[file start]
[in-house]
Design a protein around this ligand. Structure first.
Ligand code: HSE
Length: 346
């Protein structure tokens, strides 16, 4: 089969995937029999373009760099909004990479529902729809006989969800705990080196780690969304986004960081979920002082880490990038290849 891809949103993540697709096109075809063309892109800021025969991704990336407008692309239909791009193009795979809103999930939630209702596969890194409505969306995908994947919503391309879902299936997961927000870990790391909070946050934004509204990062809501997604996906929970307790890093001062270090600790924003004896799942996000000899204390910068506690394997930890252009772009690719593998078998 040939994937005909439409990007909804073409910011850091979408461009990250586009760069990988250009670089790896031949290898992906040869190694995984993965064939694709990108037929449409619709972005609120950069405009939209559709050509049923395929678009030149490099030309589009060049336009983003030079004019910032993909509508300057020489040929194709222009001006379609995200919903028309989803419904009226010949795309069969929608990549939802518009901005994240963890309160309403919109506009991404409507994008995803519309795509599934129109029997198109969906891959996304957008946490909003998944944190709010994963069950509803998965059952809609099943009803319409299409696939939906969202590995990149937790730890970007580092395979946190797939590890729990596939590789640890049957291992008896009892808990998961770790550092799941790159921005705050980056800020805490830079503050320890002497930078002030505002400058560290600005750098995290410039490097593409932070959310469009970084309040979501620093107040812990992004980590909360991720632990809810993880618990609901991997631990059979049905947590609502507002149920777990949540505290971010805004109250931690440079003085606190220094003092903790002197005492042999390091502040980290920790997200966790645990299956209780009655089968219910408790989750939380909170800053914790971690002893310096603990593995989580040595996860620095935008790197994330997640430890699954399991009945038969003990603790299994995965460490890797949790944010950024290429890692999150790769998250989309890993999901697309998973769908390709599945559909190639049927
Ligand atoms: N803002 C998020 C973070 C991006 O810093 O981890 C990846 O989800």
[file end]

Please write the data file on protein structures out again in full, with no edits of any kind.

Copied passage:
[in-house]
Design a protein around this ligand. Structure first.
Ligand code: HSE
Length: 346
């Protein structure tokens, strides 16, 4: 089969995937029999373009760099909004990479529902729809006989969800705990080196780690969304986004960081979920002082880490990038290849 891809949103993540697709096109075809063309892109800021025969991704990336407008692309239909791009193009795979809103999930939630209702596969890194409505969306995908994947919503391309879902299936997961927000870990790391909070946050934004509204990062809501997604996906929970307790890093001062270090600790924003004896799942996000000899204390910068506690394997930890252009772009690719593998078998 040939994937005909439409990007909804073409910011850091979408461009990250586009760069990988250009670089790896031949290898992906040869190694995984993965064939694709990108037929449409619709972005609120950069405009939209559709050509049923395929678009030149490099030309589009060049336009983003030079004019910032993909509508300057020489040929194709222009001006379609995200919903028309989803419904009226010949795309069969929608990549939802518009901005994240963890309160309403919109506009991404409507994008995803519309795509599934129109029997198109969906891959996304957008946490909003998944944190709010994963069950509803998965059952809609099943009803319409299409696939939906969202590995990149937790730890970007580092395979946190797939590890729990596939590789640890049957291992008896009892808990998961770790550092799941790159921005705050980056800020805490830079503050320890002497930078002030505002400058560290600005750098995290410039490097593409932070959310469009970084309040979501620093107040812990992004980590909360991720632990809810993880618990609901991997631990059979049905947590609502507002149920777990949540505290971010805004109250931690440079003085606190220094003092903790002197005492042999390091502040980290920790997200966790645990299956209780009655089968219910408790989750939380909170800053914790971690002893310096603990593995989580040595996860620095935008790197994330997640430890699954399991009945038969003990603790299994995965460490890797949790944010950024290429890692999150790769998250989309890993999901697309998973769908390709599945559909190639049927
Ligand atoms: N803002 C998020 C973070 C991006 O810093 O981890 C990846 O989800």